It's also clear that despite its potential utility in a book on Austronesian beliefs, material from Sumatera, Bali, Java, and the Malay Peninsula was avoided due to the veneer of Islam/Hinduism/Christianity present in these places.  Consulting Dutch articles on Javanese symbolism ought to disavow anyone of the notion that it is purely Hindu-Buddhist-Islamic.  The structure of the book makes these oversights all the more obvious.

So there's a lot missing and the structure doesn't work.  What could have been done to improve it?

I would adopt the approach taken by M. L. West in Indo-European Poetry and Myth.  West is a classicist whose approach to classics has been to examine Greco-Roman civilization in terms of its Near Eastern and Indo-European antecedents.  In IEPM, he conducted an enormous and erudite survey of all aspects of Indo-European poetry, religious belief, mythology, and much else, dividing his material up by subject.  Compare these chapter headings with Baldick's: Poet and Poesy; Gods and Goddesses; Storm and Stream; Nymphs and Gnomes; Cosmos and Canon; King and Hero; etc.  West doesn't refer only once to the Mahabharata or Pindar or Irish folktales - they are constantly referred to wherever they are relevant.

The idea is to show the complex heritage of Indo-European speakers, and this is best done, as West demonstrates, by comparing similar ideas side-by-side, with Indo-European roots, etymological hypotheses, and mythic tropes all employed where needed.  Not all of it works; it is clear that some of the comparisons don't quite work and may demonstrate nothing more than coincidence, as opposed to Indo-European heritage.  But that's the point; rather than relying on West to write a conclusion telling us what Indo-European speakers did and thought, we can consult his substantive arguments on each topic and make up our own minds.

I think that is a better spur to research - and makes for much more interesting reading - than dividing a book up by sub-grouping.  When you read IEPM, you're reading a series of arguments about prehistory based on literary and cultural evidence; when you read Baldick's book, you're reading a series of short, summarised accounts of ethnographic works in an unconnected stream, and then a set of conclusions that might not be justified by what preceded them.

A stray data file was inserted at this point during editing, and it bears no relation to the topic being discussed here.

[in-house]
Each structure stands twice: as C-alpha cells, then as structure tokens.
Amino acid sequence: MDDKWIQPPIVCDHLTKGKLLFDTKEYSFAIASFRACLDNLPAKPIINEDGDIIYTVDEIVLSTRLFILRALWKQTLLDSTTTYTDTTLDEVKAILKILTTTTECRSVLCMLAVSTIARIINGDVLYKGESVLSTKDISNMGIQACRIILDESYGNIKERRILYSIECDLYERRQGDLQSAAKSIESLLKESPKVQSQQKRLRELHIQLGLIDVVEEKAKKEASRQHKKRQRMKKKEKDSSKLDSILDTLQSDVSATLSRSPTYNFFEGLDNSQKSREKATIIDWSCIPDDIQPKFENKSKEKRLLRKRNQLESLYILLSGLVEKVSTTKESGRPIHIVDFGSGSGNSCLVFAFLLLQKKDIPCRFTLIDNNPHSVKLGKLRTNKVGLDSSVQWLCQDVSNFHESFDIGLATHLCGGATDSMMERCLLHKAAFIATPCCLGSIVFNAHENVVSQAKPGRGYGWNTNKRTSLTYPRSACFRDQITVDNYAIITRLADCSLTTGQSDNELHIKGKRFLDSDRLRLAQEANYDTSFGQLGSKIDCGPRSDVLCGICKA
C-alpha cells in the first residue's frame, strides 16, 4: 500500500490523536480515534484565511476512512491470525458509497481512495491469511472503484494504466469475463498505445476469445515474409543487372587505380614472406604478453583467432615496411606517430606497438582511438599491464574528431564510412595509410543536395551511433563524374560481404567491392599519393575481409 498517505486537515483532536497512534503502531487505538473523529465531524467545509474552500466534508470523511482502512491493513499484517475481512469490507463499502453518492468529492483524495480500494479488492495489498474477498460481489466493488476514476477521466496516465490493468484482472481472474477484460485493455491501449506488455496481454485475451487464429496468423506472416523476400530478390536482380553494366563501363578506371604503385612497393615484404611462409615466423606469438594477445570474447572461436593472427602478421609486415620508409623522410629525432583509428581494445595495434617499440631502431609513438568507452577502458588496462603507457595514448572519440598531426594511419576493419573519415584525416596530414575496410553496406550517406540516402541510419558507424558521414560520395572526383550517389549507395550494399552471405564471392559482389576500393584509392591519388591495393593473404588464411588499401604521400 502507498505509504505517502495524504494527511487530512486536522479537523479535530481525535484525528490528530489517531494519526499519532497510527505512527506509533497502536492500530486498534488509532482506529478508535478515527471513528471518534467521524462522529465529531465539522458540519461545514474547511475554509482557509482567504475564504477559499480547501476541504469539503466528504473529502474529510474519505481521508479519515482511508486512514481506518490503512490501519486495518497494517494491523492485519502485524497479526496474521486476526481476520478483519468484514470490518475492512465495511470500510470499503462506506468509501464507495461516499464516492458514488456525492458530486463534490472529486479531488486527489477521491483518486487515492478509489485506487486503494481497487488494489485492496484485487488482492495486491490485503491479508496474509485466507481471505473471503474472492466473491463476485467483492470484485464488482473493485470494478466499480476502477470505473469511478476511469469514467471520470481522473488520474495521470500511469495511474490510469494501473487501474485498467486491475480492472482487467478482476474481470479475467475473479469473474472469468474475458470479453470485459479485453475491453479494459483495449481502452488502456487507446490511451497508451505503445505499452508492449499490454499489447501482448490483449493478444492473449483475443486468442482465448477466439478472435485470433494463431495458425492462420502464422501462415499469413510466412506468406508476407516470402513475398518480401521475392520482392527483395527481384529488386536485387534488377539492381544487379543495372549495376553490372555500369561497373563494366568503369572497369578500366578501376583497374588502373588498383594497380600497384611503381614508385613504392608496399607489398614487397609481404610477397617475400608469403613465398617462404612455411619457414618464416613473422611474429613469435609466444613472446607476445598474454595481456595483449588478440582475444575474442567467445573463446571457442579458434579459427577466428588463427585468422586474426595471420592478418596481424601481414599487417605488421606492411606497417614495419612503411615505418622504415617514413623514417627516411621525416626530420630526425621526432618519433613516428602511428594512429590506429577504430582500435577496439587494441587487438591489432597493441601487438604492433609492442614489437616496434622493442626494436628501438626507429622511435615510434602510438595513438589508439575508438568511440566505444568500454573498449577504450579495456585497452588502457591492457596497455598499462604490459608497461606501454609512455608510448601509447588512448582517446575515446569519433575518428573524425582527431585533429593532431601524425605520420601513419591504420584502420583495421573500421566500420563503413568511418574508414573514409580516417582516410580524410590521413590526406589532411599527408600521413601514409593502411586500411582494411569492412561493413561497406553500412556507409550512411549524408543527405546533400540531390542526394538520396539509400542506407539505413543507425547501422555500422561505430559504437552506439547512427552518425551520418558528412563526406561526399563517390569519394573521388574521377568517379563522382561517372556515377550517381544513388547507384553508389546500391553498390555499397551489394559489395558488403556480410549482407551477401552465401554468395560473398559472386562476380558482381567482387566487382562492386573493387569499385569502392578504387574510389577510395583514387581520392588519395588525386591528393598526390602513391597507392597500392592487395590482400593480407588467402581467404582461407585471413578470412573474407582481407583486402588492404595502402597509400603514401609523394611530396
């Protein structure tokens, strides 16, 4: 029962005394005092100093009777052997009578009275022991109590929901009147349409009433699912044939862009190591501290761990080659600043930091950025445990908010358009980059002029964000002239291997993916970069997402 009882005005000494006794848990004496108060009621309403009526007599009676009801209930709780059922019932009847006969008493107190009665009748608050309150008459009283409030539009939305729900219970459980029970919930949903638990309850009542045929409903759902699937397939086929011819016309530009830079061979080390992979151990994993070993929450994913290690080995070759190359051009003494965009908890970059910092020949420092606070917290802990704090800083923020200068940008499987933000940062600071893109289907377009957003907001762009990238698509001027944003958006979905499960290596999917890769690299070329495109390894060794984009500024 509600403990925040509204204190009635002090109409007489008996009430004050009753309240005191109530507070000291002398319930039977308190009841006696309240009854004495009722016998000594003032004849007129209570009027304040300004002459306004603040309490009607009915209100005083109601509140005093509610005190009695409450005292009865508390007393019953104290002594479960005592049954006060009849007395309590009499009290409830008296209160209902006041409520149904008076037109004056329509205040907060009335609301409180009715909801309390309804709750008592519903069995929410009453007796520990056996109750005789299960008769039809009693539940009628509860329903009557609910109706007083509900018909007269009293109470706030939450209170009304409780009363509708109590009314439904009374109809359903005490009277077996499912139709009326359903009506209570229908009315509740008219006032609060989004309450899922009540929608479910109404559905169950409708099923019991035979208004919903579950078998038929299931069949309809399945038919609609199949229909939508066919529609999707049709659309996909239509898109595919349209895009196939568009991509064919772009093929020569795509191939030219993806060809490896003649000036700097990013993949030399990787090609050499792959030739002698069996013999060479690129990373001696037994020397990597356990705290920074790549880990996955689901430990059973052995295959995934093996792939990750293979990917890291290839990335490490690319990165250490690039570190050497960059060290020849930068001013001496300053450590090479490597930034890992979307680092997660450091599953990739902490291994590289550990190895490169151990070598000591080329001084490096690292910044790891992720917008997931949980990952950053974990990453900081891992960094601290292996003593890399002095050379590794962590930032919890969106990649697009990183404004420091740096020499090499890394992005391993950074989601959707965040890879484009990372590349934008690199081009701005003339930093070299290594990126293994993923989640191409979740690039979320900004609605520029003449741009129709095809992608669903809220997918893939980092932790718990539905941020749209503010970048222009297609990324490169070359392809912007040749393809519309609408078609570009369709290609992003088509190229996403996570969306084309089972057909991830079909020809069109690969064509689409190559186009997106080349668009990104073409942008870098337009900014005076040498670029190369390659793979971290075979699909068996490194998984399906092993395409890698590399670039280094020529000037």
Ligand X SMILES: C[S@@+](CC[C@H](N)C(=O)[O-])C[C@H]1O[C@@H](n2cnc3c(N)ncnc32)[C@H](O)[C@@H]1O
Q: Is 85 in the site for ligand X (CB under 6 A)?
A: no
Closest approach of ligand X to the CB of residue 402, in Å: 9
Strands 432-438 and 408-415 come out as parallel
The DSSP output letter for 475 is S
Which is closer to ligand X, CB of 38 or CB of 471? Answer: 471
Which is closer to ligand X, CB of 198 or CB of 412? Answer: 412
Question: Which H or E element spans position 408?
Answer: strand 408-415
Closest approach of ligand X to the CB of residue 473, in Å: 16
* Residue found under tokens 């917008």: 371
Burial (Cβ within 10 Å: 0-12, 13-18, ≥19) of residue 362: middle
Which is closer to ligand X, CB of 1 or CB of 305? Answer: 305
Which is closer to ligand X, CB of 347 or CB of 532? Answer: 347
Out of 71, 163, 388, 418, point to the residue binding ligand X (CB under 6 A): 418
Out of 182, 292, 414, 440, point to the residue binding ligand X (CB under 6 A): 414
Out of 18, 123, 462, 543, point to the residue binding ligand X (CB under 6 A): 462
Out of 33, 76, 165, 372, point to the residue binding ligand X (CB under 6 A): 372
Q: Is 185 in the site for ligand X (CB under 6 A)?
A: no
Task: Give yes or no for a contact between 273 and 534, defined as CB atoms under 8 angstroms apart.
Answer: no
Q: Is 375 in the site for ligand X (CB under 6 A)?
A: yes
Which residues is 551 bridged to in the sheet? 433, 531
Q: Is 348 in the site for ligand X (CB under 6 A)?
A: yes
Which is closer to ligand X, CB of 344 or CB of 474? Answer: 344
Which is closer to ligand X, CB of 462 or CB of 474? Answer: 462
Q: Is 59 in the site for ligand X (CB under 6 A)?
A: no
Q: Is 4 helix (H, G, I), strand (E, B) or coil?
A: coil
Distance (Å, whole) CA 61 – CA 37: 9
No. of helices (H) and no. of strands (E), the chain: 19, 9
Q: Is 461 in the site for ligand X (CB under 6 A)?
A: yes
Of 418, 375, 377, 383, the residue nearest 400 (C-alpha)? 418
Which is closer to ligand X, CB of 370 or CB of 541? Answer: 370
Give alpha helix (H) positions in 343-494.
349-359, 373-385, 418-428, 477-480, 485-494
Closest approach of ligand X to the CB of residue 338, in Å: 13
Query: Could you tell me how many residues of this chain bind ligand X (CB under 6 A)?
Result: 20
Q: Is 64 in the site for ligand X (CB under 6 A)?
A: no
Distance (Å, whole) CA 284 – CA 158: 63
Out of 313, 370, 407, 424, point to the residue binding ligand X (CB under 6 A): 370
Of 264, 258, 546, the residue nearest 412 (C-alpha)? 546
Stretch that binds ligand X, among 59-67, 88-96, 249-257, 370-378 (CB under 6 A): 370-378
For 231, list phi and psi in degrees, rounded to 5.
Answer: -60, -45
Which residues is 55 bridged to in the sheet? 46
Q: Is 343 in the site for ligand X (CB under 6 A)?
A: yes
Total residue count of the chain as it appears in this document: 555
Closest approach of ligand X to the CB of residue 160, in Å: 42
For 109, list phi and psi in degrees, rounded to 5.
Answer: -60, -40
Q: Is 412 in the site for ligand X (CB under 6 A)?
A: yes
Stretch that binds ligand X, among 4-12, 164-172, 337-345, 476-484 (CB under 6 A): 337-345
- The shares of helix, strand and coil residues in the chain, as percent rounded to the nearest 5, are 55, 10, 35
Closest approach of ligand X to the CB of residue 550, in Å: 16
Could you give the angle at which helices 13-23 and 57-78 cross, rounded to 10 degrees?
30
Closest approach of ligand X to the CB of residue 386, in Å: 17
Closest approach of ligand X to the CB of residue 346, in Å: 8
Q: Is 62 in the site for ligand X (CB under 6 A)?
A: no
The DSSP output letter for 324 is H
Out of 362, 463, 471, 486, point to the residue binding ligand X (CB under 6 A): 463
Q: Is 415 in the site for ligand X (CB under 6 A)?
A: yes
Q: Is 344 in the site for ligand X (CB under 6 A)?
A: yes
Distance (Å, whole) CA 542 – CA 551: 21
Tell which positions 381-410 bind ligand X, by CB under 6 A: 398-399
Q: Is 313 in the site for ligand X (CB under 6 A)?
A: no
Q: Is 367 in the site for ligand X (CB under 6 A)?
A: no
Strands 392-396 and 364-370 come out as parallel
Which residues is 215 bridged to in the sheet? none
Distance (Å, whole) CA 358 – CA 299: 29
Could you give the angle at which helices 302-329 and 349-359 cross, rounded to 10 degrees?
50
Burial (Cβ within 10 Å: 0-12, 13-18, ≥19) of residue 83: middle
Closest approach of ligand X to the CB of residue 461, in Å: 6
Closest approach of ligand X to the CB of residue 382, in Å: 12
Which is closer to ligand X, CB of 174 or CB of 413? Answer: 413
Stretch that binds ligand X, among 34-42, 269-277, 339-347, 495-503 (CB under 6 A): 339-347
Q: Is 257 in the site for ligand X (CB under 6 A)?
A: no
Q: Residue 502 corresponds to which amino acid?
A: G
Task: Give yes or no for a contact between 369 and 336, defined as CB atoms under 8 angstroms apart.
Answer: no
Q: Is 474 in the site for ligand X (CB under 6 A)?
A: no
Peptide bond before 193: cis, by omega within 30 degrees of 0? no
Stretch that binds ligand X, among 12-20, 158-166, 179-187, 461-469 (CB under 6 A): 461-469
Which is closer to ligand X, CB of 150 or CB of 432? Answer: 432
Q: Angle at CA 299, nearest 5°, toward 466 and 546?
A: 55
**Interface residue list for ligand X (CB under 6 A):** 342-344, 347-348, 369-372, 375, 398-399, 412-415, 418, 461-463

West had a number of advantages: he has been working on the classics since the late-sixties, he can read several of the primary languages fluently, and he is surrounded by fellow classicists in Oxford.  Baldick, by contrast, was not surrounded by anthropologists and doesn't appear to have had any first language expertise in any Austronesian language.  This is not only a handicap when it comes to research.  It is also a handicap in presenting that research to others, and in uncovering connections in the data.  Few etymological arguments are presented, for example.  I think West provides us with some incredible and tantalising glimpses into the lives and works of proto-Indo-European speakers.  Baldick offers us little of that, and I don't feel that I got a much better feel for proto-Austronesian belief than I had before I started reading.

To summarise: Ancient Religions of the Austronesian World is worth reading, and I have no doubt that it will continue to be useful for students of Austronesian-speaking societies for some years to come.  It's a useful reference work, it's fairly short, and the data are interesting.  The bibliography is quite good, although, as I said, there are gaps.  The problems are primarily to do with Baldick's non-expert status and the structure of the book, which was not as well thought-through as it should have been.  If you're interested in the topic then you can't really afford to miss it.

I should say that it is a personal ambition to write the work on Austronesian societies and beliefs, and that I approach books like this critically because of that.  I think Baldick's book was a valiant effort; it just wasn't the book I wanted to read, and even less was it the one I want to write.


  1. If you like kinship studies, you should definitely check out the stuff by Frank Salter here:


  2. I like 'kinship studies', but more than that, I like understanding non-state social structure, and kin selection really isn't that predictive of it. I mean, it is a bit - quite a bit - and human societies would doubtless be very different without it, but it's not exactly high on my list of things to read about on the matter.

    I am even less interested in attempts to establish the genetic identity of ethnic groups. Good lord, what can of right-wing nuttery did I open on twitter?


You can post anonymously if you really want to, but I would appreciate it if you could provide some means of identifying who you are, if only for the purpose of knowing who has written what.